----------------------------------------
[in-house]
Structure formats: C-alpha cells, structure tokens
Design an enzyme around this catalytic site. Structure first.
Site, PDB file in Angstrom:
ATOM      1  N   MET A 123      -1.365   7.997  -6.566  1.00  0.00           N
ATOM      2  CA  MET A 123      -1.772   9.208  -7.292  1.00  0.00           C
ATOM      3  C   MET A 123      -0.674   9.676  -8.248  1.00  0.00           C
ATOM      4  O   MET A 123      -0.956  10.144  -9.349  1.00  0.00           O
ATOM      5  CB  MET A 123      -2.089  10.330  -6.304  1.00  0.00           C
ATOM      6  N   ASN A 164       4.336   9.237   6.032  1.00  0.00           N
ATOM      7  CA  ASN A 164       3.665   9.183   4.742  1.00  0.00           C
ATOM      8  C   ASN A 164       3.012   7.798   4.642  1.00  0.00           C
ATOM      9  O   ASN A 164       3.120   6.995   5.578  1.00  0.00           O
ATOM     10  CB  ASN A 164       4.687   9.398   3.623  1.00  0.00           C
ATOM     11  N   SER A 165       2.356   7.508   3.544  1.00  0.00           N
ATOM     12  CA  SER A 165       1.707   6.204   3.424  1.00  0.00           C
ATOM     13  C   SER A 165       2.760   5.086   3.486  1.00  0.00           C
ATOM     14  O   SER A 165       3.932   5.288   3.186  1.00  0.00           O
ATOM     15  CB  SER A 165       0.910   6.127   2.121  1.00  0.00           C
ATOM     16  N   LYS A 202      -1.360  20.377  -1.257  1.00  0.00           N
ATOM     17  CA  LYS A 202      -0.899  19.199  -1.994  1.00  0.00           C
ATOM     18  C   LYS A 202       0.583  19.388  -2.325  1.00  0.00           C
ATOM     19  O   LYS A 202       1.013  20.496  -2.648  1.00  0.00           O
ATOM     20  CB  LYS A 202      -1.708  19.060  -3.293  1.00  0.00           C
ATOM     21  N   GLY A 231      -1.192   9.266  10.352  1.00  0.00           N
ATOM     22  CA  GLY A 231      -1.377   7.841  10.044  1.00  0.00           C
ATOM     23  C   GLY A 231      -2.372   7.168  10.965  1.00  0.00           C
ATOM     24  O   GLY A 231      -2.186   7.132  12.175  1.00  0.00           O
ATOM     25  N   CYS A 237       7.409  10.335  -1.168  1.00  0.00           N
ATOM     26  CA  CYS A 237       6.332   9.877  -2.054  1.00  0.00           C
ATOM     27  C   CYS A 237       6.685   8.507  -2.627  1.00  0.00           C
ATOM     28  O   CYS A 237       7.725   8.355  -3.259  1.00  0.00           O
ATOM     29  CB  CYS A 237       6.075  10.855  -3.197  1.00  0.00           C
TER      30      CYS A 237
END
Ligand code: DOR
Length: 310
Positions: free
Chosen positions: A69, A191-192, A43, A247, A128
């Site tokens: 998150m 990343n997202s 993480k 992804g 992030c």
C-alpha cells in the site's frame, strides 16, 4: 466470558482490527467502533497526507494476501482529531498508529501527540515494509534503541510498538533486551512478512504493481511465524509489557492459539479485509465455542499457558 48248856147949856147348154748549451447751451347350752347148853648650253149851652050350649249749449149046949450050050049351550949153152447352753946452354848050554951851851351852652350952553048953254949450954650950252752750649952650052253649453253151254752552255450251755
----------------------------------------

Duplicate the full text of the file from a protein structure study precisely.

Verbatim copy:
[in-house]
Structure formats: C-alpha cells, structure tokens
Design an enzyme around this catalytic site. Structure first.
Site, PDB file in Angstrom:
ATOM      1  N   MET A 123      -1.365   7.997  -6.566  1.00  0.00           N
ATOM      2  CA  MET A 123      -1.772   9.208  -7.292  1.00  0.00           C
ATOM      3  C   MET A 123      -0.674   9.676  -8.248  1.00  0.00           C
ATOM      4  O   MET A 123      -0.956  10.144  -9.349  1.00  0.00           O
ATOM      5  CB  MET A 123      -2.089  10.330  -6.304  1.00  0.00           C
ATOM      6  N   ASN A 164       4.336   9.237   6.032  1.00  0.00           N
ATOM      7  CA  ASN A 164       3.665   9.183   4.742  1.00  0.00           C
ATOM      8  C   ASN A 164       3.012   7.798   4.642  1.00  0.00           C
ATOM      9  O   ASN A 164       3.120   6.995   5.578  1.00  0.00           O
ATOM     10  CB  ASN A 164       4.687   9.398   3.623  1.00  0.00           C
ATOM     11  N   SER A 165       2.356   7.508   3.544  1.00  0.00           N
ATOM     12  CA  SER A 165       1.707   6.204   3.424  1.00  0.00           C
ATOM     13  C   SER A 165       2.760   5.086   3.486  1.00  0.00           C
ATOM     14  O   SER A 165       3.932   5.288   3.186  1.00  0.00           O
ATOM     15  CB  SER A 165       0.910   6.127   2.121  1.00  0.00           C
ATOM     16  N   LYS A 202      -1.360  20.377  -1.257  1.00  0.00           N
ATOM     17  CA  LYS A 202      -0.899  19.199  -1.994  1.00  0.00           C
ATOM     18  C   LYS A 202       0.583  19.388  -2.325  1.00  0.00           C
ATOM     19  O   LYS A 202       1.013  20.496  -2.648  1.00  0.00           O
ATOM     20  CB  LYS A 202      -1.708  19.060  -3.293  1.00  0.00           C
ATOM     21  N   GLY A 231      -1.192   9.266  10.352  1.00  0.00           N
ATOM     22  CA  GLY A 231      -1.377   7.841  10.044  1.00  0.00           C
ATOM     23  C   GLY A 231      -2.372   7.168  10.965  1.00  0.00           C
ATOM     24  O   GLY A 231      -2.186   7.132  12.175  1.00  0.00           O
ATOM     25  N   CYS A 237       7.409  10.335  -1.168  1.00  0.00           N
ATOM     26  CA  CYS A 237       6.332   9.877  -2.054  1.00  0.00           C
ATOM     27  C   CYS A 237       6.685   8.507  -2.627  1.00  0.00           C
ATOM     28  O   CYS A 237       7.725   8.355  -3.259  1.00  0.00           O
ATOM     29  CB  CYS A 237       6.075  10.855  -3.197  1.00  0.00           C
TER      30      CYS A 237
END
Ligand code: DOR
Length: 310
Positions: free
Chosen positions: A69, A191-192, A43, A247, A128
């Site tokens: 998150m 990343n997202s 993480k 992804g 992030c």
C-alpha cells in the site's frame, strides 16, 4: 466470558482490527467502533497526507494476501482529531498508529501527540515494509534503541510498538533486551512478512504493481511465524509489557492459539479485509465455542499457558 48248856147949856147348154748549451447751451347350752347148853648650253149851652050350649249749449149046949450050050049351550949153152447352753946452354848050554951851851351852652350952553048953254949450954650950252752750649952650052253649453253151254752552255450251755